Only in the last two years, several companies of the main players from different sectors of the Brazilian economy filed for judicial reorganization under bankruptcy law. Well-known names have already brought or are about to bring lawsuits aiming to avoid bankruptcy. This will presently trigger the sale of equity in companies controlling important businesses and public concessions such as the São Paulo airport, Rio de Janeiro’s subway system operation, operation of several key federal and state roads, shipyards, residential development and construction, water supply, treatment and distribution, sewage and industrial waste management, charter and operation of vessels and platforms for the oil & gas industry, brand new FIFA World Cup stadiums, power generation, mining, real estate, logistics, retail, agroindustry etc.

Investors, national and foreign alike, interested in acquiring equity or assets under judicial reorganization have a huge incentive granted by the Brazilian legislation, which is the absence of any kind of legal succession.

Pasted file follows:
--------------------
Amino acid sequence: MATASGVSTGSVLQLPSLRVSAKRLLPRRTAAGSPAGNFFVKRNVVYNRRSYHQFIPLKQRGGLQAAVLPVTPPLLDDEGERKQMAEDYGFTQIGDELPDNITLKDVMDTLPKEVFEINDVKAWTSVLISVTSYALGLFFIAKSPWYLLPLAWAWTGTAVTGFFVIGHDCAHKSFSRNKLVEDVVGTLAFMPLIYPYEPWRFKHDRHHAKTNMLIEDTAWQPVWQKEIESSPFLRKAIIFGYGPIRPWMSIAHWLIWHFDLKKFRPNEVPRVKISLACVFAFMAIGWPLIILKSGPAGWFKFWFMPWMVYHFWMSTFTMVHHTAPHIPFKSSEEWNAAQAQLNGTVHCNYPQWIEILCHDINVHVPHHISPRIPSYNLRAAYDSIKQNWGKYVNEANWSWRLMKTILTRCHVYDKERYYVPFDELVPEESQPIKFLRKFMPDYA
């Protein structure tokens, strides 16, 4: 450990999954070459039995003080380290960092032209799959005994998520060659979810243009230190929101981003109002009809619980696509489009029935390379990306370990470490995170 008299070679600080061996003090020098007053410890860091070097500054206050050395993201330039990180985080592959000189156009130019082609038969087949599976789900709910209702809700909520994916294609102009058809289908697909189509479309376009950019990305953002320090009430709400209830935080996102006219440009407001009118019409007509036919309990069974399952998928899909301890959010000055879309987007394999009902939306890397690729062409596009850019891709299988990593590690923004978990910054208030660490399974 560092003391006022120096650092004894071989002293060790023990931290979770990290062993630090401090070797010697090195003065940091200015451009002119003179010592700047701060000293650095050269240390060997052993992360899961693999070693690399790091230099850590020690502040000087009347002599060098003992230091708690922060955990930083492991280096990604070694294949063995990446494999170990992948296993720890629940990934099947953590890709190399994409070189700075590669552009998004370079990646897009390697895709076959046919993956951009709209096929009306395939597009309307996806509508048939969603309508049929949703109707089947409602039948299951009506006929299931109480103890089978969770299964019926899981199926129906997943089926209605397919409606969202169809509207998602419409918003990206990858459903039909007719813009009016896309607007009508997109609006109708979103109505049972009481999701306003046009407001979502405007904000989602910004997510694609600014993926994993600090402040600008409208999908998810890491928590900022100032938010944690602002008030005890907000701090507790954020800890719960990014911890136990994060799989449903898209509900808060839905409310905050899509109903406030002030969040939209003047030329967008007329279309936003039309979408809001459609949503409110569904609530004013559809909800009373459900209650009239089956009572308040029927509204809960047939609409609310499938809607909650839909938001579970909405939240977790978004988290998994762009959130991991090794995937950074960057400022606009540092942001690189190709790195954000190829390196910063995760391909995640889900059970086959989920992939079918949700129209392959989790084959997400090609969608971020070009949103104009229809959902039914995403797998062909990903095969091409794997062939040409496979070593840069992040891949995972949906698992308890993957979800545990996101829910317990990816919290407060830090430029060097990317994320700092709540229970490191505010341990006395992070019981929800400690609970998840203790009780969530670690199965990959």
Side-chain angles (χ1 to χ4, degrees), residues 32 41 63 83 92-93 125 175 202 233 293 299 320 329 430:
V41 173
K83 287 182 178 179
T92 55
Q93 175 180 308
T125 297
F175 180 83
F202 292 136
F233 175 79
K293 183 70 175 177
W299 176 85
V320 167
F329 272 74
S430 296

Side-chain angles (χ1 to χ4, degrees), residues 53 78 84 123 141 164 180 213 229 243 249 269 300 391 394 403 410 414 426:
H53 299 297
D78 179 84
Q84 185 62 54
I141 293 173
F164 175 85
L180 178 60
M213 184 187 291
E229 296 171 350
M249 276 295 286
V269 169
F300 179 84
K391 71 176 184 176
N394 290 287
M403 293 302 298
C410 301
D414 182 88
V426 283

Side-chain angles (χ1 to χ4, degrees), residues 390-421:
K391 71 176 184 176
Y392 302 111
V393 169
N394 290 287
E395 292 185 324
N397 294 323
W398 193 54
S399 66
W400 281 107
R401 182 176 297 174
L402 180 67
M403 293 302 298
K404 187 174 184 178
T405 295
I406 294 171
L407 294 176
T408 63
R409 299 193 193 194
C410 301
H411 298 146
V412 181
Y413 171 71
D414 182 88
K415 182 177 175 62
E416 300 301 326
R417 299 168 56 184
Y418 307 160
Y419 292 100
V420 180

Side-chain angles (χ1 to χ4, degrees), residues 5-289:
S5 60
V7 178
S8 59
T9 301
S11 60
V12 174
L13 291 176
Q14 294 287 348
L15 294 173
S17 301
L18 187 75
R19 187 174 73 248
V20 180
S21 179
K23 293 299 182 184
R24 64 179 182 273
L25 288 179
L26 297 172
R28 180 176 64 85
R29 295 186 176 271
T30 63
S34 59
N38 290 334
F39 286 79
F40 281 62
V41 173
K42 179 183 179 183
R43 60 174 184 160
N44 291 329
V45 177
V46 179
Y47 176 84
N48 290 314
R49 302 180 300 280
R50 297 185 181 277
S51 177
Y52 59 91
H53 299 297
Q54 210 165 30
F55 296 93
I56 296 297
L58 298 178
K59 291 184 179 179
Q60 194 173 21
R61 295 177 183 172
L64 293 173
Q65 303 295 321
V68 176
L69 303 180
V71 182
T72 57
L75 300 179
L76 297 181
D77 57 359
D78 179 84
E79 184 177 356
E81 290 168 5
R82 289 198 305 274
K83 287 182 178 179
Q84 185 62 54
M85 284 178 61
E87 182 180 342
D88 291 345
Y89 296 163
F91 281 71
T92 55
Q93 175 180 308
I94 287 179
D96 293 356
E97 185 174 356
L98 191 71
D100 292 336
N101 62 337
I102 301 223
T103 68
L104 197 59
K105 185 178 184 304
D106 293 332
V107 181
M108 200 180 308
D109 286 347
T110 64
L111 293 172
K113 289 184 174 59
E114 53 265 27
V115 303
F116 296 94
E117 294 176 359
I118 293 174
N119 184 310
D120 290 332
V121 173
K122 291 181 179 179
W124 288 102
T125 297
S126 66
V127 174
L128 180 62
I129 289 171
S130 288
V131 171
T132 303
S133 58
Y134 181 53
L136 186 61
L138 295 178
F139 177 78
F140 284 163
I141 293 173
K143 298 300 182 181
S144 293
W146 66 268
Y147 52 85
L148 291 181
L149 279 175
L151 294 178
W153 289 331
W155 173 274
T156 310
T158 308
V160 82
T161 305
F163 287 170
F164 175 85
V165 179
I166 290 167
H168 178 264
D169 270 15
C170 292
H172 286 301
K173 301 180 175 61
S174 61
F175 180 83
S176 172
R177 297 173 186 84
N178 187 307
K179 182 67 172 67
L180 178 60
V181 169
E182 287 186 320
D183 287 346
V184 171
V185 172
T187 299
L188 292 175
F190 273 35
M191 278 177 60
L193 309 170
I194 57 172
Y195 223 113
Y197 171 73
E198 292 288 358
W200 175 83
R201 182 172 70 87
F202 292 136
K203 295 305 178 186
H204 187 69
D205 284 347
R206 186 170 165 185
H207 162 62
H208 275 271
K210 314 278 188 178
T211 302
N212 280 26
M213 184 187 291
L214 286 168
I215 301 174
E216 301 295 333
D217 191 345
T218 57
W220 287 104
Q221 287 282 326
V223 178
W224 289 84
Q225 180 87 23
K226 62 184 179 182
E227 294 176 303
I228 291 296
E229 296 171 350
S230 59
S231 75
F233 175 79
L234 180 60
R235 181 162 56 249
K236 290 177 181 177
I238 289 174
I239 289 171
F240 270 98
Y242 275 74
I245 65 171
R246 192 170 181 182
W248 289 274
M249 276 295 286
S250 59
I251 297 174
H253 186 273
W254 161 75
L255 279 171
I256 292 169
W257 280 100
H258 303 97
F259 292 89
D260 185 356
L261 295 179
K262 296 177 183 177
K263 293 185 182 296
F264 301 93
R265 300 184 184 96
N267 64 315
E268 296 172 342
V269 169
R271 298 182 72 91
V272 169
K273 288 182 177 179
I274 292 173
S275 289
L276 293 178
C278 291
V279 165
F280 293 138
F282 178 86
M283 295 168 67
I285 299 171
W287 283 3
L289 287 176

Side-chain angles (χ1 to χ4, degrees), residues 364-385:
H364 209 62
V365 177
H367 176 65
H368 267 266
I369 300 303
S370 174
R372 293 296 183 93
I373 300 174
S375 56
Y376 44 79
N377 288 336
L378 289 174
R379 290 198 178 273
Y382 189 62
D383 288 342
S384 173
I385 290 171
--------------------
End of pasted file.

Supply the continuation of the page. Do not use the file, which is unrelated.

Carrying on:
In addition, another factor to consider is that Brazil’s currency depreciation against US Dollar and other currencies sped up this year, reaching the lowest level in more than a decade, as shown in graph bellow:

Exchange Rates Graph (USD, BRL)

According to plenty of economic specialists, the Brazilian Real will continue to depreciate in the coming months on the back of US dollar strength. Under this scenario, investment opportunities become cheaper and potentially lucrative to foreign investors.

If it’s always darkest before the dawn then this is a great moment to take advantage of the Brazilian crisis. Among many other advantages, Brazil is well known for its huge consumer market and the existence of plenty of natural resources. Its democratic regime is undoubtedly stable. In spite of the regional economic imbalances, this South American powerhouse has several islands of prosperity with more than adequate logistics and qualified workforce.

In short, Brazil has all elements to resume strong and steady growth as early as 2016, which makes the current problematic scenario of 2015 the perfect timing to invest.

Fraga, Bekierman & Cristiano Advogados’ team is actively engaged in several transactions linked to this new scenario and will be glad to assist you in any way possible